Kelly Clarkson would like to clear up a few misconceptions surrounding her upcoming movie, "From Justin to Kelly."
First, "It's not an 'American Idol' film," the singer explained recently on the set of the movie in Miami. "It has nothing to do with 'American Idol.' The only thing that does is that [our] names are in the title, and our characters in the movie are named that, but my character is nothing like me. ... And it's not about us trying to make it in the business or anything."
Second, she and co-star Justin Guarini are not dating. "We're like brother and sister," Clarkson promised.
Then it's a good thing the inaugural "American Idol" winner and runner-up have acting experience, since they play love interests in "From Justin to Kelly," and kissing your sibling is hard to make look natural. (Click to see photos on the set.)
"We only actually kissed once in the movie," Clarkson said, shrugging off the challenge. "And we've done stage kisses and romance scenes and everything before, so it wasn't anything big."
And if Guarini's plot synopsis of the movie if any indication, "From Justin to Kelly" isn't quite the typical sappy love story. Sure, it starts good and dandy with the two experiencing a sort of love at first sight, but they soon see spring break is not the easiest place to fall in love.
"The rest of the story is about how we sort of get together, or try and get together, but there's this massive miscommunication and this evil friend gets in the way," Guarini revealed.
Oh, and there's one other thing that separates the movie from, say, "She's All That" or "Boys and Girls" ("From Justin to Kelly" director Robert Iscove's previous movies). It's a musical.
Guarini and Clarkson sing seven new songs in the movie, plus a remake of KC and the Sunshine Band's disco classic "That's the Way (I Like It)."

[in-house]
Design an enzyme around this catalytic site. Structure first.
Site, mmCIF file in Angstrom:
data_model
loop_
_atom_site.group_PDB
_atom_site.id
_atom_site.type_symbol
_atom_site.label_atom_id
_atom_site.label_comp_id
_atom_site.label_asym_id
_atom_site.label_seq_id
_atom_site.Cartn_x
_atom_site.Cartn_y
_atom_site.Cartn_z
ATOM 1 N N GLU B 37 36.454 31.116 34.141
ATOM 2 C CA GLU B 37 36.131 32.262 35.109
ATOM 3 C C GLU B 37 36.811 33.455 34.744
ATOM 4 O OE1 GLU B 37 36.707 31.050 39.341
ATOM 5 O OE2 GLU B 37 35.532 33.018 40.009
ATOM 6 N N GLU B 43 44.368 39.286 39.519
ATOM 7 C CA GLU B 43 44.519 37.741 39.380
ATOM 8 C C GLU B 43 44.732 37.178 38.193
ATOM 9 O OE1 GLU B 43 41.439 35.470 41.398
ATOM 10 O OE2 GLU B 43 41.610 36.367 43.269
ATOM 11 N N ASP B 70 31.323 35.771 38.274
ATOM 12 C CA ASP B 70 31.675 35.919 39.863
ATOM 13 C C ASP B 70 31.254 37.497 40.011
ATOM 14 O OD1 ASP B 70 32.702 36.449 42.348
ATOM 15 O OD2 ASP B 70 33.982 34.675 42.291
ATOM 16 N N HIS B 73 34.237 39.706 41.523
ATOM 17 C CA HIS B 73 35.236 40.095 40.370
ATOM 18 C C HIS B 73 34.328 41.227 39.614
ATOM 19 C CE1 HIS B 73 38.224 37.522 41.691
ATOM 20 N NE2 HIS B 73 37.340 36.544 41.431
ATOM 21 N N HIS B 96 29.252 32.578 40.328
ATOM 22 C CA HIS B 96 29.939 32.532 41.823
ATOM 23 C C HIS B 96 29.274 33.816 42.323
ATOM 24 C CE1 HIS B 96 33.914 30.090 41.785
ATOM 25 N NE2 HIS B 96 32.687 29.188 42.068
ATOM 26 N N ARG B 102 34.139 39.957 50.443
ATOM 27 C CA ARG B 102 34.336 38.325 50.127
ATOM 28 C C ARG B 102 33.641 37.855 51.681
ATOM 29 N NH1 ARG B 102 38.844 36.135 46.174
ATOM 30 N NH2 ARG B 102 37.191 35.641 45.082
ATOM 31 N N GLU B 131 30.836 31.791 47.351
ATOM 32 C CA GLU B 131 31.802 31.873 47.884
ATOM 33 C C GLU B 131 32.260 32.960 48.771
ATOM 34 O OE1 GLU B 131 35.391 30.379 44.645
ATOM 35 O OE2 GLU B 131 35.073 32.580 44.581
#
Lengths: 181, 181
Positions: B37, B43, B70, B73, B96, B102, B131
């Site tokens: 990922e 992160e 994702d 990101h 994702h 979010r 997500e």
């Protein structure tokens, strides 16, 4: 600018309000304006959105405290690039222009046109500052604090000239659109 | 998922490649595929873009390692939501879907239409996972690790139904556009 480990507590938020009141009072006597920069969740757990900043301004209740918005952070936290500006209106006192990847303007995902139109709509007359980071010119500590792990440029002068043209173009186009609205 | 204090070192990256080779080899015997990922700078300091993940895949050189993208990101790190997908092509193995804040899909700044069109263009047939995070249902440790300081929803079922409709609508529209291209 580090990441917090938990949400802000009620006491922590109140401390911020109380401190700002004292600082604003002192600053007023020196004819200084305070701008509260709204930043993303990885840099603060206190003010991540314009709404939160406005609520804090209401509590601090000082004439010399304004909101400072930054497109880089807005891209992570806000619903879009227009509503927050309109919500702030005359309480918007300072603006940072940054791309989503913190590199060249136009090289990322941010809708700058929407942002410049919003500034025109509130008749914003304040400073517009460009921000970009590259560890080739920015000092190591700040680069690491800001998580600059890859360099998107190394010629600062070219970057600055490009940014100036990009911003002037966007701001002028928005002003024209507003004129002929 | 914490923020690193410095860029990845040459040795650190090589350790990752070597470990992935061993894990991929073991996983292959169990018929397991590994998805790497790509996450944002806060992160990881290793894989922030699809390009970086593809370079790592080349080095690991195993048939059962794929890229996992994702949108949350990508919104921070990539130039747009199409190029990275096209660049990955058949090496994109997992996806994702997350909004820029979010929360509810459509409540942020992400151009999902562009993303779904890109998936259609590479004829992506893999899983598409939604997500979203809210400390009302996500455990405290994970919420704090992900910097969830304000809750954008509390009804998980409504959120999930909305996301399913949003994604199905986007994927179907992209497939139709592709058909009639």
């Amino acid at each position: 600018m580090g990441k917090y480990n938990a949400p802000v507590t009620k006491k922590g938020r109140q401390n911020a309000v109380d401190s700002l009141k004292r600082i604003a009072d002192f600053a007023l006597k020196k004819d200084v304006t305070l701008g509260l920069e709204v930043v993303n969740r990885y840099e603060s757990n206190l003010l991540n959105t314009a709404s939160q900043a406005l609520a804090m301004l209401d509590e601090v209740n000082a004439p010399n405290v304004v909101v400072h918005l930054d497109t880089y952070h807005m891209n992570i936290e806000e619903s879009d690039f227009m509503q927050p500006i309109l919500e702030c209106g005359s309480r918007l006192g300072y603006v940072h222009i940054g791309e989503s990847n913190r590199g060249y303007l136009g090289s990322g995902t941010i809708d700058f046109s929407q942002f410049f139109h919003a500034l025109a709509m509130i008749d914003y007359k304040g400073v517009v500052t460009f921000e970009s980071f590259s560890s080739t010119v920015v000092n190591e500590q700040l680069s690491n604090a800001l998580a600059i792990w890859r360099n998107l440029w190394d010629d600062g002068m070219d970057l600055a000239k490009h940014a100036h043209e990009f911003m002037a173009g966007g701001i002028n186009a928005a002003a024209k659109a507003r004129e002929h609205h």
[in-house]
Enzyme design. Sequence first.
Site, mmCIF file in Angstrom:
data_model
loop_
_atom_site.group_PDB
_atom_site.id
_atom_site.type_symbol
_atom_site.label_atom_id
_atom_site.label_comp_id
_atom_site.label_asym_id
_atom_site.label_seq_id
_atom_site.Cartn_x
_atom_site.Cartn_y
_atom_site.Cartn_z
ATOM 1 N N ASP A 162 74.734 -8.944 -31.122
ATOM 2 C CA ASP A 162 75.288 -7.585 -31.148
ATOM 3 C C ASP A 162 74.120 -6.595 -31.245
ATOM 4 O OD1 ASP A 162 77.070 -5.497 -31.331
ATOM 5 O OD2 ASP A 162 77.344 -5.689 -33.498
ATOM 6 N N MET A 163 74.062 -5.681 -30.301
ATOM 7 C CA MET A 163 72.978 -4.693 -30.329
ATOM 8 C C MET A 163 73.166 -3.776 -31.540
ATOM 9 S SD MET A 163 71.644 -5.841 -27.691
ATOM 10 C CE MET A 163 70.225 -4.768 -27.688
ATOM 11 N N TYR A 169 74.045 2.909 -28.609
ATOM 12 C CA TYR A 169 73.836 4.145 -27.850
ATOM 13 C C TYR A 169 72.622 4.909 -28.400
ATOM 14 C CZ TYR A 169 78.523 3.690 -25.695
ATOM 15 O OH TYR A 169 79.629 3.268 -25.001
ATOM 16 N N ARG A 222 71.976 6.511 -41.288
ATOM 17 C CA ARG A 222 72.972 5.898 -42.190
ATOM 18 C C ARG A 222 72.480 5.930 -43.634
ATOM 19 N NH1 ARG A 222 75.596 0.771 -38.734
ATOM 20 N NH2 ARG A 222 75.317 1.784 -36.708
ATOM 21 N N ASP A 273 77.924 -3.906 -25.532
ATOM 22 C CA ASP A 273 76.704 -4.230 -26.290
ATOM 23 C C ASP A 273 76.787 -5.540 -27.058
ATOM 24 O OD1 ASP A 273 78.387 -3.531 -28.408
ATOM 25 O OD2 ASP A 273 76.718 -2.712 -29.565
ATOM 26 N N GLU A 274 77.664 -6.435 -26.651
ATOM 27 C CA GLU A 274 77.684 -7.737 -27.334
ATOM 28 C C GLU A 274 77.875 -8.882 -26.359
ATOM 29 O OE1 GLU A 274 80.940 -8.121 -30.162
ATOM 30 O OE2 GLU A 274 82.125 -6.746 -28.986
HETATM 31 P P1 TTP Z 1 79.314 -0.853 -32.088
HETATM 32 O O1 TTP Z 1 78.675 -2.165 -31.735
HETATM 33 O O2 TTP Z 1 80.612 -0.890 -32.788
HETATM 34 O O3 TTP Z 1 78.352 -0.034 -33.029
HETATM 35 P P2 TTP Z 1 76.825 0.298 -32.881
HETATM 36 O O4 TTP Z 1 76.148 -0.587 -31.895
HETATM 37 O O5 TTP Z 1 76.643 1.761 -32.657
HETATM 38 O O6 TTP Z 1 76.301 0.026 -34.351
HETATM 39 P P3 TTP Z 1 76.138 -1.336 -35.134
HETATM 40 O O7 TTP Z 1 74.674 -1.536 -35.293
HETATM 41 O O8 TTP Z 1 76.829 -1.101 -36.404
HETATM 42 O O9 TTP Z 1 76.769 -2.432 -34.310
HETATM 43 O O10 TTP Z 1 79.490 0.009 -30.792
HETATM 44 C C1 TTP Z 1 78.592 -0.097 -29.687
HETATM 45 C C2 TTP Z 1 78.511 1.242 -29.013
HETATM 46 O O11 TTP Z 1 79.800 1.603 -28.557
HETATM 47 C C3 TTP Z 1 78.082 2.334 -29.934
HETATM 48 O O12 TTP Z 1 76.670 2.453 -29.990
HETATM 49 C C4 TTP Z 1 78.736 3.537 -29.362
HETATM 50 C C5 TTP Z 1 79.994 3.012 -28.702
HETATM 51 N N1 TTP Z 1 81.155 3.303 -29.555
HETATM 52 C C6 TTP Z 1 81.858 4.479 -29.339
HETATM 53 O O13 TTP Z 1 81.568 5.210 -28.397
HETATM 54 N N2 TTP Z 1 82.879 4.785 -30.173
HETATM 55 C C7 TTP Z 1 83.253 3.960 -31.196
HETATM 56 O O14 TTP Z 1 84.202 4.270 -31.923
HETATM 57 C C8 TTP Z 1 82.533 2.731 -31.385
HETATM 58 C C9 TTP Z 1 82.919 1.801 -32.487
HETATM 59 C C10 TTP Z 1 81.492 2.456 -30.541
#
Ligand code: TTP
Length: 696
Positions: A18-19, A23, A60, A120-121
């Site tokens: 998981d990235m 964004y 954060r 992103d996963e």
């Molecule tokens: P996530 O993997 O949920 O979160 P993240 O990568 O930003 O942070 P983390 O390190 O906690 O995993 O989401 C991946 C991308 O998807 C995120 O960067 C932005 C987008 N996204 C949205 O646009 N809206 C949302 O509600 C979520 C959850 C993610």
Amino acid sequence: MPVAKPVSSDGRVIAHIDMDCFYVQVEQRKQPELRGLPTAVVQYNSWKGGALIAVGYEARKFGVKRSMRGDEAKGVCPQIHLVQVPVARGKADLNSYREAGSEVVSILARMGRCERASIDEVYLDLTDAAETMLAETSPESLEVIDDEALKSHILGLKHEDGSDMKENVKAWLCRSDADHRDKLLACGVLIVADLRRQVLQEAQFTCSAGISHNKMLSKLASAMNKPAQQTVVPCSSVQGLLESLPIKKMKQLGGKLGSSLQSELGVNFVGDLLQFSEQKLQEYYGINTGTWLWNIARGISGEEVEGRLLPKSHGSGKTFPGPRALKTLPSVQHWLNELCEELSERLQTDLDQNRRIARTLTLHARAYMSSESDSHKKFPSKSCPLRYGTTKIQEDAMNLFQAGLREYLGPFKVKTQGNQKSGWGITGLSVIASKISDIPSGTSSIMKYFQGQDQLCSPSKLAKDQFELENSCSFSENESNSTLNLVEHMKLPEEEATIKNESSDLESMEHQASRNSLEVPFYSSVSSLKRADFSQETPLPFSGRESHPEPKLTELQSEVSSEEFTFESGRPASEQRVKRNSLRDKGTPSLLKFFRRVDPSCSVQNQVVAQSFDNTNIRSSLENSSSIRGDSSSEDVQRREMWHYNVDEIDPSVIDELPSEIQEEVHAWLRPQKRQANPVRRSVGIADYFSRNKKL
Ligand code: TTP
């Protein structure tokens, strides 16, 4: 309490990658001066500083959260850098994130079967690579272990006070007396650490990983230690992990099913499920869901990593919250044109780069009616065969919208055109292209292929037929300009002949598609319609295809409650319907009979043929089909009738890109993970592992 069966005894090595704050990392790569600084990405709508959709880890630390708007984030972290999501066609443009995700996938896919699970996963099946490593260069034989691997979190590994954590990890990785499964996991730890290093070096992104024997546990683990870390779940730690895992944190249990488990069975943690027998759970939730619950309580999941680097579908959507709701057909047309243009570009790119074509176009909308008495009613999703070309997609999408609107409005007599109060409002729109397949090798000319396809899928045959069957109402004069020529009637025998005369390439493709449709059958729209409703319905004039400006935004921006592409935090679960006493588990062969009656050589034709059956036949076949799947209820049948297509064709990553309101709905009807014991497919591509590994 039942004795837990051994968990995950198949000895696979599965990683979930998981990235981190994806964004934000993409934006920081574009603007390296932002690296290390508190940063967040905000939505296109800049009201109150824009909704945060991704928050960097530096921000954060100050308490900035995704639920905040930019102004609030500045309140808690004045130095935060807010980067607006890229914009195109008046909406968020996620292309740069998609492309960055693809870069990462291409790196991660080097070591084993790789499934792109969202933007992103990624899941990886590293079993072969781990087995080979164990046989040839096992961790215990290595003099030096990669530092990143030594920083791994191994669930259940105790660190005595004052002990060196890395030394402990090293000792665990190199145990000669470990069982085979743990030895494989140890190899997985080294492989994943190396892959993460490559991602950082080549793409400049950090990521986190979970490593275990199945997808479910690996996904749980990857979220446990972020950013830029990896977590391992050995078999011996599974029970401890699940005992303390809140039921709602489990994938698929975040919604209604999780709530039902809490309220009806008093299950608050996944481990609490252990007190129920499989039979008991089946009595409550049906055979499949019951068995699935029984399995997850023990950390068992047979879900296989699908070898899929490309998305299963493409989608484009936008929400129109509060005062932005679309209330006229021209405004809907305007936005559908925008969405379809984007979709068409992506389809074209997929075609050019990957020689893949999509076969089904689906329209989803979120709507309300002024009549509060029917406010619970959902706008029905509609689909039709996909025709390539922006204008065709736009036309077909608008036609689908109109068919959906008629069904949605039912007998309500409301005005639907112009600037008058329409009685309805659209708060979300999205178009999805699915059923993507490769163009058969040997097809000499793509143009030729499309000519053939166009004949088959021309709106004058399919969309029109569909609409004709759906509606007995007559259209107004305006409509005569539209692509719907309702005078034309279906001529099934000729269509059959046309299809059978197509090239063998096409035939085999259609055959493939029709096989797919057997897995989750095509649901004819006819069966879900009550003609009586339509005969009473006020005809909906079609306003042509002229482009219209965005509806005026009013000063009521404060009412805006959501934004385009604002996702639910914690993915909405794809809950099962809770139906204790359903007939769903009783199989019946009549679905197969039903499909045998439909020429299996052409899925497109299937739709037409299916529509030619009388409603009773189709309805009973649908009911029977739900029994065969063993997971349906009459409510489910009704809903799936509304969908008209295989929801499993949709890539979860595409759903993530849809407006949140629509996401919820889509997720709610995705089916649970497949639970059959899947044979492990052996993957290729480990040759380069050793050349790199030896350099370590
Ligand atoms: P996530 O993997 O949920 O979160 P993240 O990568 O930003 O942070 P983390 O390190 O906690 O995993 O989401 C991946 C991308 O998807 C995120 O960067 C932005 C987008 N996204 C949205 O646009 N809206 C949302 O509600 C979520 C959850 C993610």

Clarkson calls "From Justin to Kelly" " 'Grease' on the beach," but the movie is influenced just as much by recent musical movies "Moulin Rouge" and "Chicago" as by the classics. "It's not so, like, musical, like jazzy," she said. "It's very hip-hop."
After Clarkson was crowned the "American Idol" last summer, the show's creator and her and Guarini's manager, Simon Fuller, approached the two about doing a movie. They hesitated at first, but signed on when they learned it would be a musical.
Since then, the only obstacle has been finding the time to make "From Justin to Kelly." Both singers spent the fall on the ambitious "American Idol" tour and have been busting their butts to get albums out by spring, which is already six months later than they had originally hoped.
"From Justin to Kelly" was shot in just six weeks, with the stars spending any free hours in the recording studio. Intending to capitalize on the popularity of the second season of "American Idol" airing now on Fox, the producers are working just as diligently to edit the film in time for an April 25 release, 10 days after Clarkson's album drops (see "Kelly Clarkson Promises Blues, Ballads, Hip-Hop On Debut LP").
When the movie hits the big screen, all eyes will be on Guarini and Clarkson and how they transition from TV talent show winners to movie stars.
Clarkson admits it's been a challenge, but she thinks they pulled it off.
"With the stage and theatre and stuff, it's all about big movements, but film is just a lot more intimate," Clarkson said. "It's right in your face and you have to literally just tone down a lot more."
The biggest difference between the two, however, is that with film, there's no Simon Cowell there to insult you.
"If you screw up, they don't care," Guarini said. "Since we do like 5 million takes."
— Corey Moss, with additional reporting by Nick Zano